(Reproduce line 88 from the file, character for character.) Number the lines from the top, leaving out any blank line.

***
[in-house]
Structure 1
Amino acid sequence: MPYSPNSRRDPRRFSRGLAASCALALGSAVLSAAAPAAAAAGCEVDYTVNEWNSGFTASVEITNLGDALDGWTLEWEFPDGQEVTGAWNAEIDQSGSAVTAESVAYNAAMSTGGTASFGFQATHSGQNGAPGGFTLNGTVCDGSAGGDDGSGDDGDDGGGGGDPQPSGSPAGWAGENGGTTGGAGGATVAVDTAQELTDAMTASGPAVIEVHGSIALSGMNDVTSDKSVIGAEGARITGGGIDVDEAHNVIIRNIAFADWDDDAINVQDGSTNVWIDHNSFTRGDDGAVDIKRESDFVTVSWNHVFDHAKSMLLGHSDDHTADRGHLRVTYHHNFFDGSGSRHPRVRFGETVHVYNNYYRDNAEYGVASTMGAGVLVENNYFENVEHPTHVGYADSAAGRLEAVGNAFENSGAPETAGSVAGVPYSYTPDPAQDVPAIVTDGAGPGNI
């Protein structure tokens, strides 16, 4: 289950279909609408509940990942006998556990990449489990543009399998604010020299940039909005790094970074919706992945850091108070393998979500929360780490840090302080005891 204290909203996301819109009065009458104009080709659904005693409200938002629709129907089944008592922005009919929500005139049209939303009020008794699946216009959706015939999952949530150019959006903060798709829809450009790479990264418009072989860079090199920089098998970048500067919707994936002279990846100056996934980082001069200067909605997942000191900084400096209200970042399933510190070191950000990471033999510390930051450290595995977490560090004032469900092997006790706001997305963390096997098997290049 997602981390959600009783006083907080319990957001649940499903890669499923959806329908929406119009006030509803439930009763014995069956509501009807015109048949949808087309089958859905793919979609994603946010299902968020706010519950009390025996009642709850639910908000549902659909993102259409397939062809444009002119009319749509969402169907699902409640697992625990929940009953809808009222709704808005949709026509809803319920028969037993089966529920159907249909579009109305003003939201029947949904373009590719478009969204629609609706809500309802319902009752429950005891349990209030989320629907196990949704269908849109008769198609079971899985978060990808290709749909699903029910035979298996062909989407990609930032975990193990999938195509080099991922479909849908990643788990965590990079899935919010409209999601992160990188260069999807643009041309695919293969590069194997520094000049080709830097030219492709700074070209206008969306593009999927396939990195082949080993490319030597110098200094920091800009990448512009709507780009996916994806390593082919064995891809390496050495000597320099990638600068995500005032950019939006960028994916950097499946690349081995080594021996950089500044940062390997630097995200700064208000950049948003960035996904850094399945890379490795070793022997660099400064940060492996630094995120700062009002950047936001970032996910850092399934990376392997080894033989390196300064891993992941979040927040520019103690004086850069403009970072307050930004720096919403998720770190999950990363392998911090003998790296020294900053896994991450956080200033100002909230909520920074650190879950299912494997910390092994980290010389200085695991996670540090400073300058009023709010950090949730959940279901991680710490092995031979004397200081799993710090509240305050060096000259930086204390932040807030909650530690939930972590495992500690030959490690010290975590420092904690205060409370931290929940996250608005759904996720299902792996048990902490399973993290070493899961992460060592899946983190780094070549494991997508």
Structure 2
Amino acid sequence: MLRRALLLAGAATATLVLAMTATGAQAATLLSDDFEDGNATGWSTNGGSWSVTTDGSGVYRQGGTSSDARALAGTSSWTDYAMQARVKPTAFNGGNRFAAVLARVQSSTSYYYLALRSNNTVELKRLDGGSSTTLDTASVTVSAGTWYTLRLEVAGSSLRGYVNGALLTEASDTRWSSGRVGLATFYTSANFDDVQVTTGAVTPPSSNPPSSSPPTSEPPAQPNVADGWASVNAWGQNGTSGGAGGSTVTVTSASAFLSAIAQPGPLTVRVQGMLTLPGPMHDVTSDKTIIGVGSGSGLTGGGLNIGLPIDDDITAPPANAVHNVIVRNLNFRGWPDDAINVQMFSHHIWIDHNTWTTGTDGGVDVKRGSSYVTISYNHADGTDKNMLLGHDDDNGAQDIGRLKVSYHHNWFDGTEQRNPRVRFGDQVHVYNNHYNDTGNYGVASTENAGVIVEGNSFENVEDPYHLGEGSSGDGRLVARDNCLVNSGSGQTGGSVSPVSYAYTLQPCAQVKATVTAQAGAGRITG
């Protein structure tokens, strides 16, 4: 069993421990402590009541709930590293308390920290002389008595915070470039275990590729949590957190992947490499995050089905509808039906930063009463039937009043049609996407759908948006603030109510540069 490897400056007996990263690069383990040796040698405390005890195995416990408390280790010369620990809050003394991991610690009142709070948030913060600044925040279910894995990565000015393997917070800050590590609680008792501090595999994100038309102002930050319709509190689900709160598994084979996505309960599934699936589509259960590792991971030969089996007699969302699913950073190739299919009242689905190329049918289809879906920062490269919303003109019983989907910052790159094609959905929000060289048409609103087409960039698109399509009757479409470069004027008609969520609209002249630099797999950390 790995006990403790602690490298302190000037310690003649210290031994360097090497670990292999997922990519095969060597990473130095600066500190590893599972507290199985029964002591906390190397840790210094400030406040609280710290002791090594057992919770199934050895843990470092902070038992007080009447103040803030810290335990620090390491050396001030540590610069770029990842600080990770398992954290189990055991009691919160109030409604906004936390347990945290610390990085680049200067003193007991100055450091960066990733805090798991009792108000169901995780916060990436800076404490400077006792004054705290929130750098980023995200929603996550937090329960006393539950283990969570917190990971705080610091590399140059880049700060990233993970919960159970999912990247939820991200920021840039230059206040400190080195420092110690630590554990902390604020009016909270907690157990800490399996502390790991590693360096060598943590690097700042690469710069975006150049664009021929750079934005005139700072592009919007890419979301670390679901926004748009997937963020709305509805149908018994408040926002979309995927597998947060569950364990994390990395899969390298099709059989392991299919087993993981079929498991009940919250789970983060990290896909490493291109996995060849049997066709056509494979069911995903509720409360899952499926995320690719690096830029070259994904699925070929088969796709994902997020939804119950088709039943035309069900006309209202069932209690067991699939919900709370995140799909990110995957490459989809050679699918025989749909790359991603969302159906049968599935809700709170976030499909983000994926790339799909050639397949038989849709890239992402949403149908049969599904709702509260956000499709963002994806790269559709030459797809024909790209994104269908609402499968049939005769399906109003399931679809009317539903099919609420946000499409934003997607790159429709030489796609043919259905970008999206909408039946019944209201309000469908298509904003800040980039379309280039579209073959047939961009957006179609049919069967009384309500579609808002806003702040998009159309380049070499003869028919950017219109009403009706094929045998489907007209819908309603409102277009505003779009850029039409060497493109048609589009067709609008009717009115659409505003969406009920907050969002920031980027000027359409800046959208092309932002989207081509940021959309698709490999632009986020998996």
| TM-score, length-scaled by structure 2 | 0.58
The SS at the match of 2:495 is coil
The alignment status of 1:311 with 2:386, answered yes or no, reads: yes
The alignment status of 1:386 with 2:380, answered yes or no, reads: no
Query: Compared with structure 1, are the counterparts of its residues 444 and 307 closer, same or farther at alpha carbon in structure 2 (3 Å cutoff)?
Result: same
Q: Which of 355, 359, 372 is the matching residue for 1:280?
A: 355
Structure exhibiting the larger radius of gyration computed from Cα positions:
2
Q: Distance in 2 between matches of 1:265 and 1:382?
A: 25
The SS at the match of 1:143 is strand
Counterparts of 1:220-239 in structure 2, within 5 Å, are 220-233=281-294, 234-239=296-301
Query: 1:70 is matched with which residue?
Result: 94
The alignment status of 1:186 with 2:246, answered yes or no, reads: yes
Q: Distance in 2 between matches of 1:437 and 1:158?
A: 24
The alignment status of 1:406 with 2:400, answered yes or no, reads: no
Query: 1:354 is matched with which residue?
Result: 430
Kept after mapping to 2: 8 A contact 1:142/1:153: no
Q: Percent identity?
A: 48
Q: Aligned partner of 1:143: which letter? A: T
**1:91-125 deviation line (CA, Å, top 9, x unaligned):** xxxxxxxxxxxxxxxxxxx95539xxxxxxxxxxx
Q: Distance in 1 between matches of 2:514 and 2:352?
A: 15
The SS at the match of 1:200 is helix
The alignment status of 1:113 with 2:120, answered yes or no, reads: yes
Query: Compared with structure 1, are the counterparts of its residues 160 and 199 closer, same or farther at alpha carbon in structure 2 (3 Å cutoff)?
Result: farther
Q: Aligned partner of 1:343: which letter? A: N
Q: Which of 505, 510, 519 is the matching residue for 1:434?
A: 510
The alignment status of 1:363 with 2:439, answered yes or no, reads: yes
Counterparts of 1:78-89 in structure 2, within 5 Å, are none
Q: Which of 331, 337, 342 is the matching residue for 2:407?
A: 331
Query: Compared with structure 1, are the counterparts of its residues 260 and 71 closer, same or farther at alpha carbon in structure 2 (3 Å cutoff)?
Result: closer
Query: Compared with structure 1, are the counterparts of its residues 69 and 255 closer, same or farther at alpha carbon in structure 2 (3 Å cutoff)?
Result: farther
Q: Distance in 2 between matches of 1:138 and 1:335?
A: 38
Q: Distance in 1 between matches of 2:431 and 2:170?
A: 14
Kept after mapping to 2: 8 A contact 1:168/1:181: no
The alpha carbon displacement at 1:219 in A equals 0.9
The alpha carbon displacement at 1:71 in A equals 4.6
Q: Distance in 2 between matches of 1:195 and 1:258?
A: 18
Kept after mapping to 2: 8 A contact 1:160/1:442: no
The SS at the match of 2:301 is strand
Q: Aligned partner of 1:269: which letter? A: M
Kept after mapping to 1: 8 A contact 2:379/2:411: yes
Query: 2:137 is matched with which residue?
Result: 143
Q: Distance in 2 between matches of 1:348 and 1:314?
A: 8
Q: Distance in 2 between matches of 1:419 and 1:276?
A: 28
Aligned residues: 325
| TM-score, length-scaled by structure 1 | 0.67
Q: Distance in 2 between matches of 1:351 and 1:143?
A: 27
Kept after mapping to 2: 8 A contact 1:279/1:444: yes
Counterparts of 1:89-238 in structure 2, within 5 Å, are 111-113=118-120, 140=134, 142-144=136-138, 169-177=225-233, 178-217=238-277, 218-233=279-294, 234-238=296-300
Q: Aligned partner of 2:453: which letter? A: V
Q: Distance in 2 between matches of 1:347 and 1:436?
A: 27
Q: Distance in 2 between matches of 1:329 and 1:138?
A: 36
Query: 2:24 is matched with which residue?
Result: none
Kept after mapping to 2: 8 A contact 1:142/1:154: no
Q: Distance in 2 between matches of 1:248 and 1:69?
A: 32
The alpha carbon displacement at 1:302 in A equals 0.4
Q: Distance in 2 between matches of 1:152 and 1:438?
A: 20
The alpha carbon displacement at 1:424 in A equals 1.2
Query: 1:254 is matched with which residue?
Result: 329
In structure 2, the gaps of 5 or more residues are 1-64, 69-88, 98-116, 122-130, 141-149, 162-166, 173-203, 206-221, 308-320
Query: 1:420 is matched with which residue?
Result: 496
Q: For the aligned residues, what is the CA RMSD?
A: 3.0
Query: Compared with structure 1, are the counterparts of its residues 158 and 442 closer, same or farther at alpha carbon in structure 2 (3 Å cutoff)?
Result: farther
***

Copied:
Q: Distance in 2 between matches of 1:152 and 1:438?